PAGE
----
Oxygen isotope (δ18O) measurements of authigenic carbonate from Cleland Lake (southeastern British Columbia), Paradise Lake (central British Columbia), and Lime Lake (eastern Washington) provide a ~9000 year Holocene record of precipitation-evaporation balance variations in the Pacific Northwest. Both Cleland Lake and Paradise Lake are small, surficially closed-basin systems with no active inflows or outflows. Lime Lake is surficially open with a seasonally active overflow. Water isotope values from Cleland and Paradise plot along the local evaporation line, indicating that precipitation-evaporation balance is a strong influence on lake hydrology. In contrast, Lime Lake water isotope values plot on the local meteoric water line, signifying minimal influence by evaporation. To infer past hydrologic balance variations at a high temporal resolution, we sampled the Cleland, Paradise, and Lime Lake sediment cores at 1-60 mm intervals (~3-33 years per sample on average) and measured the isotopic composition of fine-grained (<63 μm) authigenic CaCO3 in each sample. Negative δ18O values, which indicate wetter conditions in closed-basin lakes, occur in Cleland Lake sediment from 7600 to 2200 years before present (yr BP), and are followed by more positive δ18O values, which suggest drier conditions, after 2200 yr BP. Highly negative δ18O values in the Cleland Lake record centered on ~2400 yr BP suggest that lake levels were high (and that the lake may have been overflowing) at this time as a result of a substantially wetter climate. Similarly, Paradise Lake sediment δ18O values are relatively low from 7600 to 4000 yr BP and increase from ~4000 to 3000 yr BP and from ~2000 yr BP to present, indicating that climate became drier from the middle through the late Holocene. The δ18O record from Lime Lake, which principally reflects changes in the isotopic composition of precipitation, exhibits less variability than the closed-basin lake records and follows a generally increasing trend from the mid-Holocene to present. These results are consistent with several proximal reconstructions of changes in lake-level, precipitation amount, and precipitation isotopic composition and may also reflect the establishment of modern El Niño Southern Oscillation (ENSO) variability in the late Holocene, as inferred from proxy evidence of synoptic ocean-atmosphere changes in the Pacific basin. Results from mid-Holocene (6000 yr BP) climate model simulations conducted as part of the Paleoclimate Modeling Intercomparison Project Phase 3 (PMIP3) indicate that in much of western North America, the cold season (October-March) was wetter and the warm season (April-September) was considerably drier relative to the late Holocene, leading to an overall drier climate in western North America with enhanced hydroclimatic seasonality. This is consistent with inferences from the Cleland and Paradise δ18O records, which lake modeling experiments indicate are strongly influenced by cold season precipitation-evaporation balance. This also explains apparent inconsistencies between the lake δ18O records and other proxies of hydroclimatic change from the greater Pacific Northwest region that are less sensitive to cold season climate and thus indicate relatively drier conditions during the mid-Holocene. The abrupt negative excursion at ~2400 yr BP in the Cleland Lake δ18O data, as well as the marked shift to more positive values after this time, demonstrate that gradual changes in ocean-atmosphere dynamics can produce abrupt, non-linear hydroclimate responses in the interior regions of western North America.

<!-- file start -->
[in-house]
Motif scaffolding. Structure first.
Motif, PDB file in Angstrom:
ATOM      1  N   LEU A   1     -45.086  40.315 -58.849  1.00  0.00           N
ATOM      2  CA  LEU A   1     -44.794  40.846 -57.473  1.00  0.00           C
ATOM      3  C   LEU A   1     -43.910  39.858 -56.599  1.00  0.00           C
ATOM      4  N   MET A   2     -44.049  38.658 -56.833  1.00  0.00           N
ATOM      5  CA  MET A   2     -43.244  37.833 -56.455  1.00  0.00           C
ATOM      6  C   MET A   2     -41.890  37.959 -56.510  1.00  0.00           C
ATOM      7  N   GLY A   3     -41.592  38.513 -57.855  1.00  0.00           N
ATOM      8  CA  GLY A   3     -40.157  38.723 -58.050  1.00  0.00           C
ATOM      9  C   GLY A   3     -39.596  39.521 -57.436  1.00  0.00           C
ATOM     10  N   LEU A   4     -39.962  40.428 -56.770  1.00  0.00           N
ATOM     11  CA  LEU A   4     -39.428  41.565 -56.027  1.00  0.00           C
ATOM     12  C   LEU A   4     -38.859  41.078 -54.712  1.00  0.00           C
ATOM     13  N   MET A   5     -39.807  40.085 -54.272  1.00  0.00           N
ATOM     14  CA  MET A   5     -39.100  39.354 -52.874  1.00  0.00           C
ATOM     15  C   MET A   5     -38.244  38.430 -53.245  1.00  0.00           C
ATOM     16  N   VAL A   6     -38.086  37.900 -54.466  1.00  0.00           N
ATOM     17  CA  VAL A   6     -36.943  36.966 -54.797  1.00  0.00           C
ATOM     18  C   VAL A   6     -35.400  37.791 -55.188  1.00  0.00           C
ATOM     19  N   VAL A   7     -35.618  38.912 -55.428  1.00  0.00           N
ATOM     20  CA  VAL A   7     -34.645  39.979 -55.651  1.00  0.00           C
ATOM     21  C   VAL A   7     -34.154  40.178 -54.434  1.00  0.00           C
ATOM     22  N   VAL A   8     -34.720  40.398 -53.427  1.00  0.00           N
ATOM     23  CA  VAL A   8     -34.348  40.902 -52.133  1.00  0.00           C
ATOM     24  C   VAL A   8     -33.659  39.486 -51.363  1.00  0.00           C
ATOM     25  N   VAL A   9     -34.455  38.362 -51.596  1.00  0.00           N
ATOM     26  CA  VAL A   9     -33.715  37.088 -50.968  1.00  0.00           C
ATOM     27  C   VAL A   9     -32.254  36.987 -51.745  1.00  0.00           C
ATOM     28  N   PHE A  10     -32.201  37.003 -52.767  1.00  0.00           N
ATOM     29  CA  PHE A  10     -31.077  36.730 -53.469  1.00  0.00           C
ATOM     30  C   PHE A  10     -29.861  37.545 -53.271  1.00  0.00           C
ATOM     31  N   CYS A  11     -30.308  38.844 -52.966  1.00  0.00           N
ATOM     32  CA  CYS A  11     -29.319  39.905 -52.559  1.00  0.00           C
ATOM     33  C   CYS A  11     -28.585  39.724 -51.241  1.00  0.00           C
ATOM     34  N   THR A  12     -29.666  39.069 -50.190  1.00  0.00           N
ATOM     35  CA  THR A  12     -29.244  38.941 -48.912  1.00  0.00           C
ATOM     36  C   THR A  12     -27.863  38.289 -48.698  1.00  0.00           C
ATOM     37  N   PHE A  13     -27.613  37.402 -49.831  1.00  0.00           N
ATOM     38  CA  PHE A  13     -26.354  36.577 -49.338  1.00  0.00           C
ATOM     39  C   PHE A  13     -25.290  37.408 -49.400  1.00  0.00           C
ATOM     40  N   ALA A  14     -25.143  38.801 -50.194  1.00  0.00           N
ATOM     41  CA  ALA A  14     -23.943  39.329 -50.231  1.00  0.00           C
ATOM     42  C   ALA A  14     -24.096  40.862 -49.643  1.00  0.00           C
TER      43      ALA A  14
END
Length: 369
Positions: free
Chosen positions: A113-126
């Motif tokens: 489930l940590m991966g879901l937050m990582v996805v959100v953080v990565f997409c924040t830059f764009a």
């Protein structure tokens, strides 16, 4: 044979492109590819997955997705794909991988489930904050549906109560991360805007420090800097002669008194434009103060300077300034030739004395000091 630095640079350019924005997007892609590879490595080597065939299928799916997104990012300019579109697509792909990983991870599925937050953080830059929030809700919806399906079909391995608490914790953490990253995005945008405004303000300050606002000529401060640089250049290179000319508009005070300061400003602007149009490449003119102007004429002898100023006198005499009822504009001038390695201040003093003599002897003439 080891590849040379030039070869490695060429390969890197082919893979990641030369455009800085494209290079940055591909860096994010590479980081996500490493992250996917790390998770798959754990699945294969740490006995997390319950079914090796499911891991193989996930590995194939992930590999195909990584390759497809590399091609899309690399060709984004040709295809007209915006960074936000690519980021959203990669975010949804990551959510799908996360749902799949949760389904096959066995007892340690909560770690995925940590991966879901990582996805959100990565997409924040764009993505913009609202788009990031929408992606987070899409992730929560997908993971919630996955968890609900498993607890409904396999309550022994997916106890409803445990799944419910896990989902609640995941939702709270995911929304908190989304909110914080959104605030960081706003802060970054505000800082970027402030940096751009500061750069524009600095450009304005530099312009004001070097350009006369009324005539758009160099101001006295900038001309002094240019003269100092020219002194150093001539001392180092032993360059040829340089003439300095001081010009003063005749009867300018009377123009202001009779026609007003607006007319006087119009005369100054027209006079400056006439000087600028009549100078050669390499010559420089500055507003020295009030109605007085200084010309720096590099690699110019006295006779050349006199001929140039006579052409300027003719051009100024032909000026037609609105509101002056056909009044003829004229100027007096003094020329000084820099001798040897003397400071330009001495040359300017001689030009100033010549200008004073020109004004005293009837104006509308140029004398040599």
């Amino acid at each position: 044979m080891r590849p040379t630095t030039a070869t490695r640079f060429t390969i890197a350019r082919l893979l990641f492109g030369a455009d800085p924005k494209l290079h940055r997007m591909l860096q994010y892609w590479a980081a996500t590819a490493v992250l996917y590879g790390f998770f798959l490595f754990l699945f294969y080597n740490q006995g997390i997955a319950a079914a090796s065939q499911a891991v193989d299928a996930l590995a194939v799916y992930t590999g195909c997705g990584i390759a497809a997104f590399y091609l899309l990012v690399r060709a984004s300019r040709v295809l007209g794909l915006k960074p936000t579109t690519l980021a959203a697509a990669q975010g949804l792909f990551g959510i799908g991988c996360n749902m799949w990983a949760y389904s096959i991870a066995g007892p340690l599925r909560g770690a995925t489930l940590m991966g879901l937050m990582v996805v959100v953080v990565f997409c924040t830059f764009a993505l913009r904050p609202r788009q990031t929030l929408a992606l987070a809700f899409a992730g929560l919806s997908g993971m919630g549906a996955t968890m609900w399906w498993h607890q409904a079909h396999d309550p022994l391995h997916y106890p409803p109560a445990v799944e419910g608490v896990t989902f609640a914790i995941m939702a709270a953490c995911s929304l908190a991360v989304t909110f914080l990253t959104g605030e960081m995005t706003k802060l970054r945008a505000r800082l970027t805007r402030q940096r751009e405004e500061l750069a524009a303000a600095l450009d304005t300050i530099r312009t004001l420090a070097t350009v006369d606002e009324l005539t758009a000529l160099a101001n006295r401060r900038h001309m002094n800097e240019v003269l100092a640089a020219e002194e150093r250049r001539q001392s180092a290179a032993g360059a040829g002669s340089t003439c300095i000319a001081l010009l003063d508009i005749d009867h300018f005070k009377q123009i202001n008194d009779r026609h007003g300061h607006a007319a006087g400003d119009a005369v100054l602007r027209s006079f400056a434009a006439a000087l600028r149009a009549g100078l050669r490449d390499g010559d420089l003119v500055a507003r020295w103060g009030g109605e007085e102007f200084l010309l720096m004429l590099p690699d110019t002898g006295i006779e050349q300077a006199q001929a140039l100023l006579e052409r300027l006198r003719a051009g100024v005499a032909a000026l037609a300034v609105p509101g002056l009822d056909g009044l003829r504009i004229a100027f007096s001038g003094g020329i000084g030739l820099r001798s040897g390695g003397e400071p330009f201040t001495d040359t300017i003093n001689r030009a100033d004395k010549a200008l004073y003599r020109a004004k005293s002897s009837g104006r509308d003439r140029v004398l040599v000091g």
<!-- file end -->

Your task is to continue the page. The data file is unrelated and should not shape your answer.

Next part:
Bibliographical noteFunding Information:
This research was supported by funding from National Science Foundation to the University of Pittsburgh ( EAR-0902200 ) and Kent State University ( EAR-0902753 ). B.A.S acknowledges support from the U.S. National Science Foundation : ( AGS-1137750 , EAR-1502740 ). D.P.P. recognizes support from the Mellon Predoctoral Fellowship through the Andrew Mellon Foundation. University of Delaware Air Temperature and Precipitation data were provided by the NOAA/OAR/ESRL PSD, Boulder, Colorado, USA, from their web site at http://www.esrl.noaa.gov/psd/ .
- Global change
- Lake sediment
- Oxygen isotopes